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Awesomeness Round-up – 11/1/10

  • By Sara Mitchell
  • November 1, 2010
  • Comments Off on Awesomeness Round-up – 11/1/10

Last week was apparently a great week for astronomy – the shared file where Maggie and I gather all of the images, videos, and stories that we see all week was absolutely overflowing with possible content for today’s round-up!  So we’ve distilled it to the best of the best, and I hope you’ll enjoy the variety that we’re featuring.  This may be a monster round-up, but it is the day after Halloween.  (Sorry, couldn’t help myself.)

First up, this movie is a zoom into the giant globular star cluster Omega Centauri, from a ground-based image to one from the Hubble Space Telescope. The ending is especially cool – the simulated motion definitely looks like a swarm of bees, I can see why they’re referring to it as a “beehive” in the news release! Scientists are interested in studying this motion, and also whether there’s a black hole lurking among the stars.

Hubble Data Used to Look 10,000 Years into the Future
Credit: NASA/ESA/G. Bacon (STScI)

If you’re interested in the cosmological beliefs of ancient cultures around the world, you’ll love this Visual Chronology of Cosmologies! That’s part one, and the author just put up part two. So far, he’s posted 81 amazing images from historical texts and other sources.

Credit: Jonathan Smith

Last week, twelve lucky folks came to Goddard for a VIP tour of the center, including many of our integration and testing facilities. We enjoyed following their tweets and also looking through some of the photos they posted as they ventured around Goddard. You can always tell when there’s a tweet-up, because everyone’s got a mobile device in their hands. Actually, that describes many of the employees here…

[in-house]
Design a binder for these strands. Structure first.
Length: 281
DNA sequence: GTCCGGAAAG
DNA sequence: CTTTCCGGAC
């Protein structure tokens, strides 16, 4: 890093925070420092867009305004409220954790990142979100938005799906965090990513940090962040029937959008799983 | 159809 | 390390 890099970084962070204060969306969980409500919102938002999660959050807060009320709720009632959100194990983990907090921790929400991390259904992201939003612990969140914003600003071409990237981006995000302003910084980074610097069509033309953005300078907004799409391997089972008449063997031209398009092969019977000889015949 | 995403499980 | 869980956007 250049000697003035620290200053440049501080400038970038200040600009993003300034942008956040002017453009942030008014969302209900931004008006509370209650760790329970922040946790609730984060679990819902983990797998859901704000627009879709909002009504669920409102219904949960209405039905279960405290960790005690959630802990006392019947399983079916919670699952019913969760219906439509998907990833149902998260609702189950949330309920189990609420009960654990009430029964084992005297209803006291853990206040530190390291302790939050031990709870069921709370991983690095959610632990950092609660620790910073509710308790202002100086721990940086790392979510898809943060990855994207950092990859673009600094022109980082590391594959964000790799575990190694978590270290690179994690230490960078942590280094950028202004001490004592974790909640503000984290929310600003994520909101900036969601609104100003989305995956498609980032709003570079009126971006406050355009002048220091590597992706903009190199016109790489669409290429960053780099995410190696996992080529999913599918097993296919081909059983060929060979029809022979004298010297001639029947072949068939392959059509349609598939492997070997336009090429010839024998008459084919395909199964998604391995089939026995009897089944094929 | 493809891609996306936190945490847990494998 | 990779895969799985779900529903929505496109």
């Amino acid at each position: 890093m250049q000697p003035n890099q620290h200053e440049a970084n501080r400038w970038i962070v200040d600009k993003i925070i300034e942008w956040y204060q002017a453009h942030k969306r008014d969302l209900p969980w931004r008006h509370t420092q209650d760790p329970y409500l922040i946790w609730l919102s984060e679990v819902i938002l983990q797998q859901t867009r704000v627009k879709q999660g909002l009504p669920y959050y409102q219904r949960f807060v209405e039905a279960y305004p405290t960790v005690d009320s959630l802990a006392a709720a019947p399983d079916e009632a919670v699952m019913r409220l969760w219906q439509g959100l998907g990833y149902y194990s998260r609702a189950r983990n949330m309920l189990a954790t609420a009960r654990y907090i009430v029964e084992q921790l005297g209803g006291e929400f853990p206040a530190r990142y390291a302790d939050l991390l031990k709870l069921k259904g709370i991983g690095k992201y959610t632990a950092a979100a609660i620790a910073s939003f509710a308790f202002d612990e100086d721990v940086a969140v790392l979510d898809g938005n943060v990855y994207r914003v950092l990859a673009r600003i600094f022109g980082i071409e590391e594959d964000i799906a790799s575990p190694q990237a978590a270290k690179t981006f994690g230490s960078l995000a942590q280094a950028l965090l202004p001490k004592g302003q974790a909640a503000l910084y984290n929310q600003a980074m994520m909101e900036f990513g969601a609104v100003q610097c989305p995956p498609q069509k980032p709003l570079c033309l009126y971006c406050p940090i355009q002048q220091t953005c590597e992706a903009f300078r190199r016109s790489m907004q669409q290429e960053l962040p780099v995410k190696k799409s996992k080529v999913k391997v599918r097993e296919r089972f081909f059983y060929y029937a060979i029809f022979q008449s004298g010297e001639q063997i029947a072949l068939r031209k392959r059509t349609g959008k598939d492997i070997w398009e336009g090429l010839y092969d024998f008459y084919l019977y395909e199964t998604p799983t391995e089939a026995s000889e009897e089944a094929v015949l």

Earth-Size Planets Abound
Credit: NASA/JPL-Caltech/UC Berkeley

A new planetary census has been released, using the ground-based W.M. Keck Observatory in Hawaii to look at extrasolar planets of various masses around neighboring stars in the Milky Way galaxy. What did they find? More small planets than large ones, and Earth-sized ones everywhere! Astronomers are looking for true Earth-like planets with other telescopes, such as NASA’s Kepler, and hope for results in the coming years. Meanwhile, Kepler is observing stellar oscillations, or “starquakes,” to learn more about the size, age and evolution of distant stars.

Webb Telescope Primary Mirror Segment Completes Cryogenic Test

In our ongoing coverage of the assembly and testing of the James Webb Space Telescope, we were excited to see that the Webb’s primary mirror segment has passed a milestone in its tests in the X-ray & Cryogenic Facility at Marshall Space Flight Center in Huntsville. The testing subjects each mirror to extreme temperatures, seeing how the mirror’s shape is affected by a range of operational temperatures. Each mirror segment is tested, re-polished, coated with gold, measured at Ball Aerospace, and finally tested again. Whew! They expect to be done with the process in 2012.